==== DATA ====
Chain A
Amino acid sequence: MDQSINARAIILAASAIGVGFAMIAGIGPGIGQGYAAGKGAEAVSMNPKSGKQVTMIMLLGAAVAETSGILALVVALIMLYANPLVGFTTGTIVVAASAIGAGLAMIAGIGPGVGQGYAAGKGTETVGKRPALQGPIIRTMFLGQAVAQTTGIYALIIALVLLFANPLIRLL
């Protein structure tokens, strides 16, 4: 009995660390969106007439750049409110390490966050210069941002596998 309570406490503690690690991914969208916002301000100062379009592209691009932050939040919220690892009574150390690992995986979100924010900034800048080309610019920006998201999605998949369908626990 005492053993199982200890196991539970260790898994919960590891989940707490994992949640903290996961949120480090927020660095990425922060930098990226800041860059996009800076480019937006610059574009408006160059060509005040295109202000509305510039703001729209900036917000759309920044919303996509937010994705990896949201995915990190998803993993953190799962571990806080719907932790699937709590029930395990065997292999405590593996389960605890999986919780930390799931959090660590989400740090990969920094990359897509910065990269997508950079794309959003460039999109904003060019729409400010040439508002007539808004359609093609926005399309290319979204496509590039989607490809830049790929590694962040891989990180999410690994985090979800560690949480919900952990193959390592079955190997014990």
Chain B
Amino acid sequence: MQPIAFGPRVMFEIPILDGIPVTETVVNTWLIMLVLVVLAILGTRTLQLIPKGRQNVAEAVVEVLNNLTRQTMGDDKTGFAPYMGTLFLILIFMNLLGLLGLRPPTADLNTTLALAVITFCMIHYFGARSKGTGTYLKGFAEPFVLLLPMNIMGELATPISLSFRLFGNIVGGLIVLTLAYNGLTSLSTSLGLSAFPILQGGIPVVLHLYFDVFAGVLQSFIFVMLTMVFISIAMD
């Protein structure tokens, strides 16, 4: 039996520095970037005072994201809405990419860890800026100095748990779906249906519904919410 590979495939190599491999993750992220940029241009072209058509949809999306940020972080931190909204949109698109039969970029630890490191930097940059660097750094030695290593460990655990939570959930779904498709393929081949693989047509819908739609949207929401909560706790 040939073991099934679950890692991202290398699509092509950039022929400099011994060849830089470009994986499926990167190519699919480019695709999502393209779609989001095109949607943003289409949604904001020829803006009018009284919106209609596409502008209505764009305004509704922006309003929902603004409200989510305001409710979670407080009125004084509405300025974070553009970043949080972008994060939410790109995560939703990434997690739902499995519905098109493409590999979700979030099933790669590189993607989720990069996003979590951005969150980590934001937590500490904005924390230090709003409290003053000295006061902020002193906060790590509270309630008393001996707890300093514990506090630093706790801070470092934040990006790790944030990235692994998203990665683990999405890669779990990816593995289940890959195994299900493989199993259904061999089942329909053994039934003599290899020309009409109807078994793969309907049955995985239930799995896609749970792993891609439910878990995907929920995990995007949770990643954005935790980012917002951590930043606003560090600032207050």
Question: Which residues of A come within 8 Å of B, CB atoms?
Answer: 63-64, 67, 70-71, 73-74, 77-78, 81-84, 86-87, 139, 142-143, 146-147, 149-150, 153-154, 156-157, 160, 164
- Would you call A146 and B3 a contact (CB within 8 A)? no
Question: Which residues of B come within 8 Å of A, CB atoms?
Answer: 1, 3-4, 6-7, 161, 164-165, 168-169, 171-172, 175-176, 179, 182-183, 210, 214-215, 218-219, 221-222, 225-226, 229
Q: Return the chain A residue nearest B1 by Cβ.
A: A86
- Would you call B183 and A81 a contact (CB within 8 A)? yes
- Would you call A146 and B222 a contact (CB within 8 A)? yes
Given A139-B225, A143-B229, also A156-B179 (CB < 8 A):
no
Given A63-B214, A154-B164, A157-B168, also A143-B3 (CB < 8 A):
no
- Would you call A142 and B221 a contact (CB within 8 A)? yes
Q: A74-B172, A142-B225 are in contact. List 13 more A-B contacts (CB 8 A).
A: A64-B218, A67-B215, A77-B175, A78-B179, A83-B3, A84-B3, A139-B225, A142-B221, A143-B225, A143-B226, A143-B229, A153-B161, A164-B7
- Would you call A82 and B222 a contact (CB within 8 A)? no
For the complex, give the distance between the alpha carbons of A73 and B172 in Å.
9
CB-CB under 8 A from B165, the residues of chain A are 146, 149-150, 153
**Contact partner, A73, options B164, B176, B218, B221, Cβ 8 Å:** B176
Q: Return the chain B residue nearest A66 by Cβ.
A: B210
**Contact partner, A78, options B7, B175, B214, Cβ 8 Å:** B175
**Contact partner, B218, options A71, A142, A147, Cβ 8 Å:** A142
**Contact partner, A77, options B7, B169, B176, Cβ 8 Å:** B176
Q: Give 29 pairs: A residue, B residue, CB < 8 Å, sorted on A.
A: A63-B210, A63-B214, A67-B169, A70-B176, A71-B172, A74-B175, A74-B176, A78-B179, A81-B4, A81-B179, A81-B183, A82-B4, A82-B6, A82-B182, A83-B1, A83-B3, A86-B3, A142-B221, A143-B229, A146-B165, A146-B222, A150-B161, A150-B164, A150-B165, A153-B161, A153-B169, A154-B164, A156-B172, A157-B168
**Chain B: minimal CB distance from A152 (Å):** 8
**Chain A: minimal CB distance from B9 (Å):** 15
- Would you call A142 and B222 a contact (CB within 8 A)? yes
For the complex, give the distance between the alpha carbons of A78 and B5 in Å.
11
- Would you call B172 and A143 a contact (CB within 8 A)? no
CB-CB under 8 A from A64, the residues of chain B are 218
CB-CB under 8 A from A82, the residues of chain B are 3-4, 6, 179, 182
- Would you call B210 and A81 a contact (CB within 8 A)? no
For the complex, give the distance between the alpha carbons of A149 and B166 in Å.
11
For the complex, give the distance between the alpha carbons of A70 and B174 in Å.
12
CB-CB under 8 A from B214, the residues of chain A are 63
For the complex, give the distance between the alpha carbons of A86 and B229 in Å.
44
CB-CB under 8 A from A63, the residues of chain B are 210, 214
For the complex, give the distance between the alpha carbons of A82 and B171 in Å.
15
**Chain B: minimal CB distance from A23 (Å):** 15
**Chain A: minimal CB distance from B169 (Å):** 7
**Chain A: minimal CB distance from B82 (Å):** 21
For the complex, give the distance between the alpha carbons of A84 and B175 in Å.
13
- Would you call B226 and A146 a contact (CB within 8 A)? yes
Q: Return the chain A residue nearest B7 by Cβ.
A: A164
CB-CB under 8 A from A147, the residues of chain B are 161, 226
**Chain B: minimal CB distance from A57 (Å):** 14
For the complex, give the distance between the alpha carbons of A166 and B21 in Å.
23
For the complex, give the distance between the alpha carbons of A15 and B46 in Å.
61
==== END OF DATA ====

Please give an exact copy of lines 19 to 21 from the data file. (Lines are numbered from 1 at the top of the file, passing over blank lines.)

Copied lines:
no
- Would you call A142 and B221 a contact (CB within 8 A)? yes
Q: A74-B172, A142-B225 are in contact. List 13 more A-B contacts (CB 8 A).